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This strategy-packed resource demonstrates how people with challenging behavior can be fully included at home, at school, and in the community. Based on solid research, it offers state-of-the-art intervention techniques and explores the planning and assistance needed to implement nonaversive inclusion strategies. Compelling case studies that illustrate successful integration make this person- and family-centered book essential for everyone involved with people with difficult behavior.
Excerpted from Positive Behavioral Support: Including People with Difficult Behavior in the Community, edited by Lynn Kern Koegel, Ph.D., Robert L. Koegel, Ph.D., & Glen Dunlap, Ph.D.
Copyright © 1996 by Paul H. Brookes Publishing Co. All rights reserved.
PARENT EDUCATION FOR PREVENTION AND REDUCTION OF SEVERE PROBLEM BEHAVIORS
Although the benefits of procedures designs to improves motivation and teach functional communication have had quite a significant effect both on improving language skills and decreasing inappropriate and disrupting behaviors (e.g., Koegel, Koegel, & Suratt, 1992), the need to address the child's independence remains an area warranting attention. Many of the existing parent intervention programs designed to teach communication and other skills to children frequently become overly dependent on their parents, often exhibiting newly learned behaviors only in their presence. To deal with this problem, researchers have concentrated efforts on developing programs to increase independent responding and communication through the use of self-management and child-initiated language learning strategies.
Self-management as a pivotal behavior taught in the context of parents education was developed to reduce the need for constant parental vigilance and to increase the child's independence. Self-management has been shown to be effective with a variety of populations including children without disabilities (Broden, Hall & Mitts, 1971; Drabman, Spitalnic, & O'Leary, 1973), people with mild to moderate mental retardation (Gardner, Cole, Berry, & Nowinski, 1983; Horner & Brigham, 1979), and children with learning disabilities (Dunlap, Dunlap, Koegel, & Koegel, 1991). For children with autism, preliminary research is suggesting that self-management is an effective tool to promote the use of newly learned behaviors in the absence of a trained interventionist (Koegel & Koegel, 19990; Koegel, Koegel, Hurley, & Frea, 1992).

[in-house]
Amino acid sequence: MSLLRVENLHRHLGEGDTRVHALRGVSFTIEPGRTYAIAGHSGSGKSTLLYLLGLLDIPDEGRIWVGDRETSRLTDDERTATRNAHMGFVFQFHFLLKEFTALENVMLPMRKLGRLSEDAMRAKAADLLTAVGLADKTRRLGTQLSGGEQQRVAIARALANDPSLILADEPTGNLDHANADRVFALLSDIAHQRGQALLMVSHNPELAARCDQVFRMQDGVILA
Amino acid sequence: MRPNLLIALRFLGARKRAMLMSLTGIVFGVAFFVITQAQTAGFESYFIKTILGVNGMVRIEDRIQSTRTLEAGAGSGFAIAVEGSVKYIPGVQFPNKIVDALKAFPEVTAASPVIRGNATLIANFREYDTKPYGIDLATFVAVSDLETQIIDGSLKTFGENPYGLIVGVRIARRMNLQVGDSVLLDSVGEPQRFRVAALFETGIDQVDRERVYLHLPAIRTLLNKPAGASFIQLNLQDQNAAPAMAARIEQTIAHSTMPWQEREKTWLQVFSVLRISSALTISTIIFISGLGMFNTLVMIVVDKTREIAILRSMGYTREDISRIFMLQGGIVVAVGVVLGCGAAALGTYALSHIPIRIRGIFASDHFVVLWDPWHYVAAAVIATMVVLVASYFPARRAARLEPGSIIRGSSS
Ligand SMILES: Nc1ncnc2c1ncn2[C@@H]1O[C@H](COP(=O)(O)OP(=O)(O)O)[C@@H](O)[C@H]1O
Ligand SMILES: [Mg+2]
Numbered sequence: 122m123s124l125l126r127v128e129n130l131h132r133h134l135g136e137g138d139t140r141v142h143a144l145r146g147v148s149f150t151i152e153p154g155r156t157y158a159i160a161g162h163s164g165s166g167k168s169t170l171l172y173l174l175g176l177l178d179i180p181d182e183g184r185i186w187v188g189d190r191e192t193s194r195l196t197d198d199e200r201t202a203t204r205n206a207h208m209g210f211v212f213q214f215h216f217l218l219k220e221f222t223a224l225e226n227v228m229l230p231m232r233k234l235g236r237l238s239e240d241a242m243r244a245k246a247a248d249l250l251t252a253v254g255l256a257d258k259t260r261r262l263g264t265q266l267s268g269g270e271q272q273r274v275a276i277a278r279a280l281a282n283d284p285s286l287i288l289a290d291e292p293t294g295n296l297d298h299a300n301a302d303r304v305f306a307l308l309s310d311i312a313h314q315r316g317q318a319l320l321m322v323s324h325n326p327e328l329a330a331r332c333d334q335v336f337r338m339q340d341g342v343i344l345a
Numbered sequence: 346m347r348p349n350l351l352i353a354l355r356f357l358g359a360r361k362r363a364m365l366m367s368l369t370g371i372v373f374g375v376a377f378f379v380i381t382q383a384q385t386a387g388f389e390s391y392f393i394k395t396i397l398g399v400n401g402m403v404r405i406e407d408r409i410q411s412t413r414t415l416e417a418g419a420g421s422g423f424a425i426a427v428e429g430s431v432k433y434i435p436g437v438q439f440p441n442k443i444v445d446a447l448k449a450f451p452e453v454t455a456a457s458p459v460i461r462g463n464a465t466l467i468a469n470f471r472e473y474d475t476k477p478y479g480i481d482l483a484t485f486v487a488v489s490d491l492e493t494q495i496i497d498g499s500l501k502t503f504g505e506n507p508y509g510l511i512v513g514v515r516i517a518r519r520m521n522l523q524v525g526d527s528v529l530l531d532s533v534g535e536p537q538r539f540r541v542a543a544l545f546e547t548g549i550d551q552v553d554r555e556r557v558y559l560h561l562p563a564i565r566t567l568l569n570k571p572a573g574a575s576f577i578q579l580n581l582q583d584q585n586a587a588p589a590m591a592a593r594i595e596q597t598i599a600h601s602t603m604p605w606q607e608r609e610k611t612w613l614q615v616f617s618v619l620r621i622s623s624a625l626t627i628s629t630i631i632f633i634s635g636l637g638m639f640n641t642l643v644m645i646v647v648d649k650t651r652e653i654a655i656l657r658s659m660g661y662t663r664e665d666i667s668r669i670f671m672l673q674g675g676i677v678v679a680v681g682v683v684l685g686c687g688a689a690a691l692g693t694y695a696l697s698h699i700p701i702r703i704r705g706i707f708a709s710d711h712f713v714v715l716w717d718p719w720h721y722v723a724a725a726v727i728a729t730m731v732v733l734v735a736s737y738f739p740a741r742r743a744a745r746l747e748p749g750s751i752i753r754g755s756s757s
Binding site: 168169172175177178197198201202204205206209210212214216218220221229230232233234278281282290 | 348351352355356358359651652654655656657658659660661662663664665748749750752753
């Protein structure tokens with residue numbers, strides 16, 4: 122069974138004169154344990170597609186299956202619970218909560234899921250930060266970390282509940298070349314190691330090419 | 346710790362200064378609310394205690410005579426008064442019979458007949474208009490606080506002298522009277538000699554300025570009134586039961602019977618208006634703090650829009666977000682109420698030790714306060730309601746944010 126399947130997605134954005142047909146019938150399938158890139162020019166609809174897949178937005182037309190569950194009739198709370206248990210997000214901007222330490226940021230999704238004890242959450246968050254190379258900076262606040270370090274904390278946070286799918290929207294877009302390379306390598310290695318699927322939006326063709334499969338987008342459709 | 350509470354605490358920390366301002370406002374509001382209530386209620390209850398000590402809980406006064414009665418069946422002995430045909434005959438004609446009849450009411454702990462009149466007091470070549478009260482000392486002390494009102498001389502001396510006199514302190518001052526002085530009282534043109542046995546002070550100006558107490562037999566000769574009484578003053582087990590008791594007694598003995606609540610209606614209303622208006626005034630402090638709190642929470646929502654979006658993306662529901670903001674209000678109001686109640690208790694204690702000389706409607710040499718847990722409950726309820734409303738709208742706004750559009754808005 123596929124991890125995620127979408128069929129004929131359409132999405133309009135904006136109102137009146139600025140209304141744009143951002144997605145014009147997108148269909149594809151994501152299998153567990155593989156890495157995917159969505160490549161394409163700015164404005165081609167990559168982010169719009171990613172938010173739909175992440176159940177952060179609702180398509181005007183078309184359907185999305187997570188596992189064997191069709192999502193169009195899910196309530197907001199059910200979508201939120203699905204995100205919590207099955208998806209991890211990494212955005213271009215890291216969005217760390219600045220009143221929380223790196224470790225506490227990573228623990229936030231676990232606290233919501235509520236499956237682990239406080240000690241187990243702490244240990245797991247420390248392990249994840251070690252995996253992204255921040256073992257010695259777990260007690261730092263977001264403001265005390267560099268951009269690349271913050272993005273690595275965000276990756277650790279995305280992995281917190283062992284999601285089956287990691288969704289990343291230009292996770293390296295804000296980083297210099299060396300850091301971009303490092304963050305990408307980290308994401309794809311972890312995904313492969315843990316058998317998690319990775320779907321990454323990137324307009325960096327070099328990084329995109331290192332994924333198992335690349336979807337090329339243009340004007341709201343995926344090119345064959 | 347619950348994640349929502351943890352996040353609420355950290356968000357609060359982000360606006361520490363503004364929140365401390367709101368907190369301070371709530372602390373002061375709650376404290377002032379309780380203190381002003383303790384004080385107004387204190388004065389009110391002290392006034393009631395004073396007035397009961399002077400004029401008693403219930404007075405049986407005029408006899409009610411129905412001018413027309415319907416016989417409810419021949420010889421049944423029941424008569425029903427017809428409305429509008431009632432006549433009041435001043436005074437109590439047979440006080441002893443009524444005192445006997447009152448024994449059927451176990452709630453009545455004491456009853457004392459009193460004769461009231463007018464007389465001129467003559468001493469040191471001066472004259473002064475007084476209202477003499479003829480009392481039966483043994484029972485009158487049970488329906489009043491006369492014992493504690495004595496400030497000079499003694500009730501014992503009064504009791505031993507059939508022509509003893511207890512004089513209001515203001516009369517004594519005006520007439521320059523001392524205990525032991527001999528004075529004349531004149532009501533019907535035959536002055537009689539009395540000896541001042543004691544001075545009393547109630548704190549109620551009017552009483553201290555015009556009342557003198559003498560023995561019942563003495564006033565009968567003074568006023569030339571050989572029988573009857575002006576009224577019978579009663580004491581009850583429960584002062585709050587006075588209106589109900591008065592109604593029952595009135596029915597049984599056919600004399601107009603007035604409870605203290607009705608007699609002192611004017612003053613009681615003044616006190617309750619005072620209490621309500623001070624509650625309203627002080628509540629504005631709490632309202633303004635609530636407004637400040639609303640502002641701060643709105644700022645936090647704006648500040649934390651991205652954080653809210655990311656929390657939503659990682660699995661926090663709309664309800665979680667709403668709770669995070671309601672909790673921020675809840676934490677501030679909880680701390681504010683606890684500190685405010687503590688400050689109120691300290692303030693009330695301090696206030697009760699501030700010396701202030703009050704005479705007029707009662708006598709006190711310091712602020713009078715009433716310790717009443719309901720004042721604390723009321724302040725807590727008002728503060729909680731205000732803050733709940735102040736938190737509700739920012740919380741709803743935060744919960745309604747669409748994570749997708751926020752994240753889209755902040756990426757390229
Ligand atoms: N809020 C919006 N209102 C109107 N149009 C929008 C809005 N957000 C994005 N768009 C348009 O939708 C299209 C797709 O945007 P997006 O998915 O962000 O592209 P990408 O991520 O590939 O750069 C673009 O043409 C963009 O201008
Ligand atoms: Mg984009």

The general steps in a self-management program include the following:
We have been teaching self-management in the context of parent education so that parents can apply the procedures to any behaviors they want to teach their children to perform independently. Following are descriptions of a few self-management programs tat have been implemented in the homes of children with autism with their parents' assistance. Although similar conceptually, self-management procedures from those used for children who are more skilled In this area. Research suggests that pictorial self-management may be most effective for nonverbal children (Pierce & Schreiban, 1994).
We are currently implementing programs in which parents choose target behaviors they desire their child to use, and intervention is implemented in the context of self-management. The parents attend weekly sessions in which teaching self-management is practiced, and then throughout the week they implement the procedures in the community setting they have chosen. For example, one family whose 9-year-old child displayed limited verbal skills chose lunch packing as a target goal. In this particular family, the mother worked in the evenings and felt it would be helpful if her son packed his own lunch. To accomplish this, we drew several pictures including a lunch box, napkin, sandwich, drink, fruit, and vegetable. Lunch items were pre-cut and placed in a plastic refrigerator c